Wildebeest, AKA Matthew Winn If you’re looking for pretty or easy, don't even bother. If you want to see and hear a music legend develop, you’re in for a ride. Matthew Winn is reserved, and his musical counterpart is the beast within. In his own words, "this is not folk punk, this is serious."
Wildebeest is an exceptional multi-instrumentalist playing guitar, keyboards, accordion, and harmonica. His guitar playing and picking style is fast and furious. I can only compare the caliber of his playing to that of M Ward, but different. On his 2005 full-length release Motion and Language, he played all the instruments except drums.
He is a powerful songwriter, and the music and energy of his impassioned singing style hammer those lyrics to the listener.
The voice is raw, it screams for attention and cries for answers, and sometimes it is soft and tender. The songs tell of his year spent living in Spain. They reflect his reactions to a different culture, inner reflections, longings for home and familiarity, and his affirmation to take life on-- to change and grow. Although the songs are personal, they are universal and capture the essence of youthful concerns in a literary mode.
In the opening track, “Wisdom Tooth,” he sings, “I’m getting my last wisdom tooth in now / maybe this will be the one that works,” and as the song concludes, “I’ll plant my roots on a wrought iron bench,” repeating that line over and over, declaring a realization. In “Fighting Windmills,” he sings to propel himself forward, "I’m gonna manifest some destiny.” The last song of the CD proclaims, “We’re not yet the tired husks of men / Our hands are still young, and our fingers need blisters.” He knows he has time to grow, but he feels a sense of urgency. This is just a sampling of the lyrical content, every song has memorable phrasing and meaningful substance.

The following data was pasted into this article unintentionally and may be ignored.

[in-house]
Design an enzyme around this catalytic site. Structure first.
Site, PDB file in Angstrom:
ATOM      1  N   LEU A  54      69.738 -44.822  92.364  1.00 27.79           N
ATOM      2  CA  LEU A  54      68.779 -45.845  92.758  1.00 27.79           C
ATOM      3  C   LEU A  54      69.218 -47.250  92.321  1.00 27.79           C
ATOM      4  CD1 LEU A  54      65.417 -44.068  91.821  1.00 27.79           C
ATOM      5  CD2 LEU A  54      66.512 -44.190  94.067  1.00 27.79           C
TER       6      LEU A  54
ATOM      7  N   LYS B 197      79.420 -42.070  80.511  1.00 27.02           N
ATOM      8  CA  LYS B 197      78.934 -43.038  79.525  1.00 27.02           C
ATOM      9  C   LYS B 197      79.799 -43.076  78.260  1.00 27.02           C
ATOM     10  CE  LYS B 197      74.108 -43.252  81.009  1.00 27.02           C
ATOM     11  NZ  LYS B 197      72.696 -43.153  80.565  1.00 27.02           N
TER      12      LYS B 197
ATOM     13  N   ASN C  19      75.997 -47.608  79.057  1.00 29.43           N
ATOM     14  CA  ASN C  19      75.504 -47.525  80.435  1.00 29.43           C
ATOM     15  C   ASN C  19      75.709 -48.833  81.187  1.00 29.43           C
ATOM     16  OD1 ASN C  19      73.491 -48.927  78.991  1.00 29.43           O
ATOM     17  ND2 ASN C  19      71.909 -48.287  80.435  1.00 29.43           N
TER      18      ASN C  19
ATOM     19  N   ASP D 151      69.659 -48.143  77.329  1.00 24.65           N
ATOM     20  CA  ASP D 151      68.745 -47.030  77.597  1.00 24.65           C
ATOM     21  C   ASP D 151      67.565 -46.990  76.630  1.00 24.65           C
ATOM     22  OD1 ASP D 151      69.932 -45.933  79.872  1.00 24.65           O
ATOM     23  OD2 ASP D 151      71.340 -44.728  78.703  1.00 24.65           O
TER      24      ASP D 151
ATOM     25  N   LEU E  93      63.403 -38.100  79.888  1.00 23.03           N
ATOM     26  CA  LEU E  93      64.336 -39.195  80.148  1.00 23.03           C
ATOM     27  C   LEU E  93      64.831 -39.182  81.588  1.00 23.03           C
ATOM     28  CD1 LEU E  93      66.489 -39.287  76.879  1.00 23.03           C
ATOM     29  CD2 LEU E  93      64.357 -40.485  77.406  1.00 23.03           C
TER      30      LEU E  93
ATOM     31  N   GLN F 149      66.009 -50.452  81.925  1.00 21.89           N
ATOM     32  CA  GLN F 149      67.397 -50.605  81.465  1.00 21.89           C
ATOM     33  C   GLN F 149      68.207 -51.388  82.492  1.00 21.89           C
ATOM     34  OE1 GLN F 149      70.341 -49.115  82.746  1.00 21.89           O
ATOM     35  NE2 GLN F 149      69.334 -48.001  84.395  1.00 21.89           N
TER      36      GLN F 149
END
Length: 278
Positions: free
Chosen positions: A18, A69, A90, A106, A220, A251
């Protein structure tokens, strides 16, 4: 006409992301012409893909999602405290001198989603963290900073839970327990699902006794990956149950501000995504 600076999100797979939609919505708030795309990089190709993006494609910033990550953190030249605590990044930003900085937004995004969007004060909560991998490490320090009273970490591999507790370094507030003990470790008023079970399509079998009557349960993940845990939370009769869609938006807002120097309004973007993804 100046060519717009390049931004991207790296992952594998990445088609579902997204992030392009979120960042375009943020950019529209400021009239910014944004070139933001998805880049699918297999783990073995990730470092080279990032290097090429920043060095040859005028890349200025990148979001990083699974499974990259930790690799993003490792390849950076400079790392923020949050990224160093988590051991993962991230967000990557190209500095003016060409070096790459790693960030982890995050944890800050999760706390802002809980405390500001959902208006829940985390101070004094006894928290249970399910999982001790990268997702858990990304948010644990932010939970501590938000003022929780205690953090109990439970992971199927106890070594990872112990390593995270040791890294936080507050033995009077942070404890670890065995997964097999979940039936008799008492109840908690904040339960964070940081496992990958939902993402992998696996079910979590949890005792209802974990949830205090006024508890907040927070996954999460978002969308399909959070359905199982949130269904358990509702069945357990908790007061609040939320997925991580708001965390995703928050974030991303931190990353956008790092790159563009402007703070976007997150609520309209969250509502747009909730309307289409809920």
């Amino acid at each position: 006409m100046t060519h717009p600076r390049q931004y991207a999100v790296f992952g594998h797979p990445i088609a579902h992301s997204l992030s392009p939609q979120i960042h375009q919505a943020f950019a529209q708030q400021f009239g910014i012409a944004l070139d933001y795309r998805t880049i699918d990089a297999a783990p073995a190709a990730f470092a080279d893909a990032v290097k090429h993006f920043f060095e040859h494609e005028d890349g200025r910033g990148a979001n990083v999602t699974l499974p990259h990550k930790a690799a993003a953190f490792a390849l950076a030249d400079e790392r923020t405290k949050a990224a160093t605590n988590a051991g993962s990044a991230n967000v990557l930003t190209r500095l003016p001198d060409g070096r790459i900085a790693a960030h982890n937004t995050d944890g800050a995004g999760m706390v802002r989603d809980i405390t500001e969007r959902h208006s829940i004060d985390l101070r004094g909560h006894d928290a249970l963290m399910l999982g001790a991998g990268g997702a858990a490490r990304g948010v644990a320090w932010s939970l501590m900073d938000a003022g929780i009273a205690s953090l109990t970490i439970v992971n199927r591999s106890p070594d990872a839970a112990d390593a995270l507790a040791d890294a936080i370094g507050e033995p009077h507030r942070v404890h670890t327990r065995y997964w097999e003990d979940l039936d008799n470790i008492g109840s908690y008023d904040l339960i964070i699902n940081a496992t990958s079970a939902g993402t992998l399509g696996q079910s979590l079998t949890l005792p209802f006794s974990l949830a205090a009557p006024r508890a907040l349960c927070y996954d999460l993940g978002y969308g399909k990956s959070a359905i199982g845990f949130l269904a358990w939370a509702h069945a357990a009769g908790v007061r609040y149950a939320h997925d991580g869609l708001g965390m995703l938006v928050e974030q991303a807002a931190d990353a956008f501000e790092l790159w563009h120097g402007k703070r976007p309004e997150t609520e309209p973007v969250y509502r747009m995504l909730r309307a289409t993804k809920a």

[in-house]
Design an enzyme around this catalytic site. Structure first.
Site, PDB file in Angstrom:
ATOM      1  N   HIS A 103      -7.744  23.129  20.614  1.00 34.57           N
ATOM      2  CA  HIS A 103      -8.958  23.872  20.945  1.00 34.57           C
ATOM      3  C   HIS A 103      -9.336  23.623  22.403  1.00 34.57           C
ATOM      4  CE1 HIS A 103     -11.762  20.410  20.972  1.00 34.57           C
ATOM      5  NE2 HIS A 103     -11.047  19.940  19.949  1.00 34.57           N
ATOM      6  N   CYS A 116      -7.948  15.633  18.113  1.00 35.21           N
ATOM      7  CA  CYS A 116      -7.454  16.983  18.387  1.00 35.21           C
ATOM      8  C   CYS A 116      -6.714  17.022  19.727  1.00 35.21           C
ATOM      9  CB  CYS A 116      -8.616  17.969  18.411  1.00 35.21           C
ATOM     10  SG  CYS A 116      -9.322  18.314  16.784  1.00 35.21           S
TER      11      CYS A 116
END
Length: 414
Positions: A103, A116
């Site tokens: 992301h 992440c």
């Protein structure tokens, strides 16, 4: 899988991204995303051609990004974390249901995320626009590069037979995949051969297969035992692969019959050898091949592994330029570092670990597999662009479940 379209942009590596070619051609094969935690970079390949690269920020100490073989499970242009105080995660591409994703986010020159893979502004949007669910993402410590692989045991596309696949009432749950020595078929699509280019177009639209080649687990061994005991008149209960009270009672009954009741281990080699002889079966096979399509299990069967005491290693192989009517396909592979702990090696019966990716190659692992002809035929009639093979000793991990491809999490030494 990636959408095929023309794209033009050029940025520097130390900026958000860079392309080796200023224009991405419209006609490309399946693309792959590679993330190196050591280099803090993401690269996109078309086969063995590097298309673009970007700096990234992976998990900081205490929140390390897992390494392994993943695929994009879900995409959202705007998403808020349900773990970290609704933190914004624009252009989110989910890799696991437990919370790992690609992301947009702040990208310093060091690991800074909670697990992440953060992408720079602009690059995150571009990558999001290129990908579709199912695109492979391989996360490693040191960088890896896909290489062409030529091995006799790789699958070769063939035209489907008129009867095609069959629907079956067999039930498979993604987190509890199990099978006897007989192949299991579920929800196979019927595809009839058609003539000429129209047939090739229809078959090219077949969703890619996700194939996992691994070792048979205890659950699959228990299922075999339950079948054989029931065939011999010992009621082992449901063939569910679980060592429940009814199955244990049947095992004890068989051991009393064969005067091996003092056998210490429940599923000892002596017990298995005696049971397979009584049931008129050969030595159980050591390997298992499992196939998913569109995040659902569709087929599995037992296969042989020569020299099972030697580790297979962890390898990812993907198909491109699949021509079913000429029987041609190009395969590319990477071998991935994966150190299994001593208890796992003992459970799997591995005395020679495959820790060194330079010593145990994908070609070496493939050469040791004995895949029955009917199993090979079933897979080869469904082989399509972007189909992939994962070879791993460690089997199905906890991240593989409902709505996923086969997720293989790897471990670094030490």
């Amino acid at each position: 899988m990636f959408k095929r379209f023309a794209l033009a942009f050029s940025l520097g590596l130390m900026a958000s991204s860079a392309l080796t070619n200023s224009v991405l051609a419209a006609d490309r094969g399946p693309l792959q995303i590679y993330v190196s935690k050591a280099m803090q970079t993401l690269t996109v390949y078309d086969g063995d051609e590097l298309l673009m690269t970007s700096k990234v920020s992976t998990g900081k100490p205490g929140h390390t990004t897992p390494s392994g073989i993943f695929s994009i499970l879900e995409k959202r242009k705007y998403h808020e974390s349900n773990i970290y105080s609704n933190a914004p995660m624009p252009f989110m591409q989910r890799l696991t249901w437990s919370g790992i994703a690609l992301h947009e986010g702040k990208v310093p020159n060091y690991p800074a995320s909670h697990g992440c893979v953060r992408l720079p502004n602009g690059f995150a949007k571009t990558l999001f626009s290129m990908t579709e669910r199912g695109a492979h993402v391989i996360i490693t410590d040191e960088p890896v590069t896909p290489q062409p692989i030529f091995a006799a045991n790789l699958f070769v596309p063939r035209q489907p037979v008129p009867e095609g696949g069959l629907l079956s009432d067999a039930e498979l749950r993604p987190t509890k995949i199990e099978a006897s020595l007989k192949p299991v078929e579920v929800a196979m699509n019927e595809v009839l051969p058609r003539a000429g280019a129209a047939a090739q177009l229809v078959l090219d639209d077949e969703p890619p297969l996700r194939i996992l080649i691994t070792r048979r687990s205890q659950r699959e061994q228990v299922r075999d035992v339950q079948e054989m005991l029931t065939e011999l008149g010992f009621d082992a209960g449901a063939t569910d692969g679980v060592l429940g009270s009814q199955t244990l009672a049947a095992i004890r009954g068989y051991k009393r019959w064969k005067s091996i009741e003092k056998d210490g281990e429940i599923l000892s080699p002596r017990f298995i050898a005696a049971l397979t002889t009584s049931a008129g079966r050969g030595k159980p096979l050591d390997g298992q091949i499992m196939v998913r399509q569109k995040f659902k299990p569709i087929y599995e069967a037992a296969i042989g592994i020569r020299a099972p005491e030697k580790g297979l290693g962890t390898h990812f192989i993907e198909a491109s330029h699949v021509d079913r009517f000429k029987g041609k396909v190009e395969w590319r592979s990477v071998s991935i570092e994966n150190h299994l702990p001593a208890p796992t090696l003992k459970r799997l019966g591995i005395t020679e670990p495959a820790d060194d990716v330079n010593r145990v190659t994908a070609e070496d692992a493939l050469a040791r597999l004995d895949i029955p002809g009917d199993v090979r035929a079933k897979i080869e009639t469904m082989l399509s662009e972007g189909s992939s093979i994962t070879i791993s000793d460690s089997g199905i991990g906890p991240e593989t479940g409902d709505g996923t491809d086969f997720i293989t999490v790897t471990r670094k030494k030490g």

The words on paper are powerful enough, but hearing them sung fervently adds additional weight that resonates with his listener.
From beginning to end, this CD works as a whole and seamlessly flows with solo acoustic musing and a full-out band sound. This is not the kind of CD you hear just one song, you get the gist of its strength. Every track emphasizes different instruments creating a cohesive but diverse approach. Recently I saw Wildebeest at a show and heard him play his new songs, He was mesmerizing. I could barely recognize some of the older songs he played. They were new again, inspired by a more bluesy direction. His voice moans, howls, groans, and occasionally yodels. The guitar playing was more subtle. I wasn’t disappointed. I left, saying to myself that I just saw a music legend in the making.
Home and Time EP 2005
Motion and Language LP 2005
Full-length vinyl will be done soon.